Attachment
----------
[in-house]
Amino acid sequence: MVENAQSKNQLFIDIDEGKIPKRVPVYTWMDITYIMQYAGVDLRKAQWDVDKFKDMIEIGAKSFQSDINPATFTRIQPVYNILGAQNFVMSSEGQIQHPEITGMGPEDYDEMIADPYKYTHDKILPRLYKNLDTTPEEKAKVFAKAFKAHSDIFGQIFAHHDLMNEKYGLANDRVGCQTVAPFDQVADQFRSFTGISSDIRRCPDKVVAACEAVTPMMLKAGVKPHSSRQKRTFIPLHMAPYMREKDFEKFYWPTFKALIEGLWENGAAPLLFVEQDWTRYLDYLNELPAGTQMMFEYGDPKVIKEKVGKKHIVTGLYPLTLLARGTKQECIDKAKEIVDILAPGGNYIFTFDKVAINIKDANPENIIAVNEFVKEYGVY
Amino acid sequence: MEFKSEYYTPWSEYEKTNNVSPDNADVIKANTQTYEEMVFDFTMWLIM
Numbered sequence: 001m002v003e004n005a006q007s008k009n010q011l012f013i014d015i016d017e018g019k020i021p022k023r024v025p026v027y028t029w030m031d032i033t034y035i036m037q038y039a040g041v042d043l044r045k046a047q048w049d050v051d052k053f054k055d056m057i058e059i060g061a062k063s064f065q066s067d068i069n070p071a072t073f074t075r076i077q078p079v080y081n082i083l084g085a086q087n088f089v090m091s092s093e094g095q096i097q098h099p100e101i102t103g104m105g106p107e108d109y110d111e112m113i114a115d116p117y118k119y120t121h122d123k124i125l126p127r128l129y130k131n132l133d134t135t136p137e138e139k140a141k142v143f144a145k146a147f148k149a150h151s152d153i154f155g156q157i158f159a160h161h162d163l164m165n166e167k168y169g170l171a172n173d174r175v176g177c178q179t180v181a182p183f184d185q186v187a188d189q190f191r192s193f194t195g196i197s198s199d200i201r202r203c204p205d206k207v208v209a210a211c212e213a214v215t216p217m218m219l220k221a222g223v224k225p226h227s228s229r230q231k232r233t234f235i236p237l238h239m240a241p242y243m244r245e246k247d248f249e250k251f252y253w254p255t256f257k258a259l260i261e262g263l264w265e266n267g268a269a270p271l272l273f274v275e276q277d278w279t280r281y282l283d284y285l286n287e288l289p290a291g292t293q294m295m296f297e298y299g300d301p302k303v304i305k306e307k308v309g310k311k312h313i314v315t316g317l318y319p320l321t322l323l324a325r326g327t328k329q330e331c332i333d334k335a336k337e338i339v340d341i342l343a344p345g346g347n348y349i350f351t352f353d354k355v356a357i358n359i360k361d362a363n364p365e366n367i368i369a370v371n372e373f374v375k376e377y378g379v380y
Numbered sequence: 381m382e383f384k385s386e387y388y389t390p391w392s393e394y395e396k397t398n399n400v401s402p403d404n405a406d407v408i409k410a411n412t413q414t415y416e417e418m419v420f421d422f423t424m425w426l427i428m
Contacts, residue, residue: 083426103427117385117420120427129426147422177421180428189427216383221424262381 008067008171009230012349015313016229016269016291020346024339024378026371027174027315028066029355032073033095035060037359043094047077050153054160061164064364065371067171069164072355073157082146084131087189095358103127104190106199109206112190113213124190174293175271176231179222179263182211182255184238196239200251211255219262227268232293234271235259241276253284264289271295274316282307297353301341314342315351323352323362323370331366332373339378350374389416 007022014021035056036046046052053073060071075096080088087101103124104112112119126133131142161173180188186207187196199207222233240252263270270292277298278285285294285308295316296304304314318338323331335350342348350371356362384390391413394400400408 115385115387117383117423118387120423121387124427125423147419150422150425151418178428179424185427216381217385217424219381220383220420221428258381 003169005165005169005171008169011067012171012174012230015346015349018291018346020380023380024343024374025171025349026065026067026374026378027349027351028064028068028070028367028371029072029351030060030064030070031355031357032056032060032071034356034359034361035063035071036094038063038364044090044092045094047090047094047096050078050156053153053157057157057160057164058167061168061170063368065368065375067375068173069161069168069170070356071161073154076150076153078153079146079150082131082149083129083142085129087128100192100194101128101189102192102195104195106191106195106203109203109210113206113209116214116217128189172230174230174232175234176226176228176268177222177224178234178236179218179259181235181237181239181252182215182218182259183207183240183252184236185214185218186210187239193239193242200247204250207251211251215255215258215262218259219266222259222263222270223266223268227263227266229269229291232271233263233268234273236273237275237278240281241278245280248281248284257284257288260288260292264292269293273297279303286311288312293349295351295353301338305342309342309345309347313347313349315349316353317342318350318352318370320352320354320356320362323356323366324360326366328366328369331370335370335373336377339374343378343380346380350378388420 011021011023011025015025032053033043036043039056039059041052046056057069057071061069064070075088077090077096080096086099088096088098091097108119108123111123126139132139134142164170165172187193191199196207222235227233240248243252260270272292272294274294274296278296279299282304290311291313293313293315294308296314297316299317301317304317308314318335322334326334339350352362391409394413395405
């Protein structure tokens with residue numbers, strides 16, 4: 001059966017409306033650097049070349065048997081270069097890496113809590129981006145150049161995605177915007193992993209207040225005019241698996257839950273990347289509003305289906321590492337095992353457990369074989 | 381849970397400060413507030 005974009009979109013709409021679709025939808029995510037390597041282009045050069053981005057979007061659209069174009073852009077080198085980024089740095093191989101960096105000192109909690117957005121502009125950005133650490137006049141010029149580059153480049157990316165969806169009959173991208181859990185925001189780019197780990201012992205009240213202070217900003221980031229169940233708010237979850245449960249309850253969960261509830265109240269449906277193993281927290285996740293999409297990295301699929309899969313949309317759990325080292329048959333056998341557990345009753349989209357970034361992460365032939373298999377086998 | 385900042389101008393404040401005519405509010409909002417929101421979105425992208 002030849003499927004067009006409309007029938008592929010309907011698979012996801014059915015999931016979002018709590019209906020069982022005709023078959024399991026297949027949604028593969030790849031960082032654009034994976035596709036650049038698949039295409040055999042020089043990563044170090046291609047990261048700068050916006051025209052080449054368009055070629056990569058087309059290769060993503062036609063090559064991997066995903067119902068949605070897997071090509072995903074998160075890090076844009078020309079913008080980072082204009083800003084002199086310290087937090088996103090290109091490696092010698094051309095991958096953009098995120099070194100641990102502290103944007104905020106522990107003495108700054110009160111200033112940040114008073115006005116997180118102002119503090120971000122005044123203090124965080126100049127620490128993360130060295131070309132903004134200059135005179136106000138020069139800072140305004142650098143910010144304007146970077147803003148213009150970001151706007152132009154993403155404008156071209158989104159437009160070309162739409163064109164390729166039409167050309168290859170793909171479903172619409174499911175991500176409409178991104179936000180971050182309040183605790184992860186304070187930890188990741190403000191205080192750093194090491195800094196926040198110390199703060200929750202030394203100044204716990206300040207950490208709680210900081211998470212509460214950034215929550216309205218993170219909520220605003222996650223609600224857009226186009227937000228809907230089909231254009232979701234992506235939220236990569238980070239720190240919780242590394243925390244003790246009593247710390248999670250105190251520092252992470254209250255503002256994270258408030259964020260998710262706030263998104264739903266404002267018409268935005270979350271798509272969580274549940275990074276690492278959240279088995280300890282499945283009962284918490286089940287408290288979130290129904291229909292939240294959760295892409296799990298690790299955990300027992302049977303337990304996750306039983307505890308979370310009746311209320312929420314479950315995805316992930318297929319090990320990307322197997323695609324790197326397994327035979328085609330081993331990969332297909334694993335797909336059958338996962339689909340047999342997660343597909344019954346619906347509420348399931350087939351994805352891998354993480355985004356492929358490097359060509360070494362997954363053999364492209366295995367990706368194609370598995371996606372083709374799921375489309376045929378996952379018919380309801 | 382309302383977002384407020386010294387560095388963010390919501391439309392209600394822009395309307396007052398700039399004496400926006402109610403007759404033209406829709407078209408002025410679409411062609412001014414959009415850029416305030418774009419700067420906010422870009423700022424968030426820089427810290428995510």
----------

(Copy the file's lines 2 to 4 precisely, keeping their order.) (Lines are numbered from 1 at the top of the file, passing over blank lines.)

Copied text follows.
Amino acid sequence: MVENAQSKNQLFIDIDEGKIPKRVPVYTWMDITYIMQYAGVDLRKAQWDVDKFKDMIEIGAKSFQSDINPATFTRIQPVYNILGAQNFVMSSEGQIQHPEITGMGPEDYDEMIADPYKYTHDKILPRLYKNLDTTPEEKAKVFAKAFKAHSDIFGQIFAHHDLMNEKYGLANDRVGCQTVAPFDQVADQFRSFTGISSDIRRCPDKVVAACEAVTPMMLKAGVKPHSSRQKRTFIPLHMAPYMREKDFEKFYWPTFKALIEGLWENGAAPLLFVEQDWTRYLDYLNELPAGTQMMFEYGDPKVIKEKVGKKHIVTGLYPLTLLARGTKQECIDKAKEIVDILAPGGNYIFTFDKVAINIKDANPENIIAVNEFVKEYGVY
Amino acid sequence: MEFKSEYYTPWSEYEKTNNVSPDNADVIKANTQTYEEMVFDFTMWLIM
Numbered sequence: 001m002v003e004n005a006q007s008k009n010q011l012f013i014d015i016d017e018g019k020i021p022k023r024v025p026v027y028t029w030m031d032i033t034y035i036m037q038y039a040g041v042d043l044r045k046a047q048w049d050v051d052k053f054k055d056m057i058e059i060g061a062k063s064f065q066s067d068i069n070p071a072t073f074t075r076i077q078p079v080y081n082i083l084g085a086q087n088f089v090m091s092s093e094g095q096i097q098h099p100e101i102t103g104m105g106p107e108d109y110d111e112m113i114a115d116p117y118k119y120t121h122d123k124i125l126p127r128l129y130k131n132l133d134t135t136p137e138e139k140a141k142v143f144a145k146a147f148k149a150h151s152d153i154f155g156q157i158f159a160h161h162d163l164m165n166e167k168y169g170l171a172n173d174r175v176g177c178q179t180v181a182p183f184d185q186v187a188d189q190f191r192s193f194t195g196i197s198s199d200i201r202r203c204p205d206k207v208v209a210a211c212e213a214v215t216p217m218m219l220k221a222g223v224k225p226h227s228s229r230q231k232r233t234f235i236p237l238h239m240a241p242y243m244r245e246k247d248f249e250k251f252y253w254p255t256f257k258a259l260i261e262g263l264w265e266n267g268a269a270p271l272l273f274v275e276q277d278w279t280r281y282l283d284y285l286n287e288l289p290a291g292t293q294m295m296f297e298y299g300d301p302k303v304i305k306e307k308v309g310k311k312h313i314v315t316g317l318y319p320l321t322l323l324a325r326g327t328k329q330e331c332i333d334k335a336k337e338i339v340d341i342l343a344p345g346g347n348y349i350f351t352f353d354k355v356a357i358n359i360k361d362a363n364p365e366n367i368i369a370v371n372e373f374v375k376e377y378g379v380y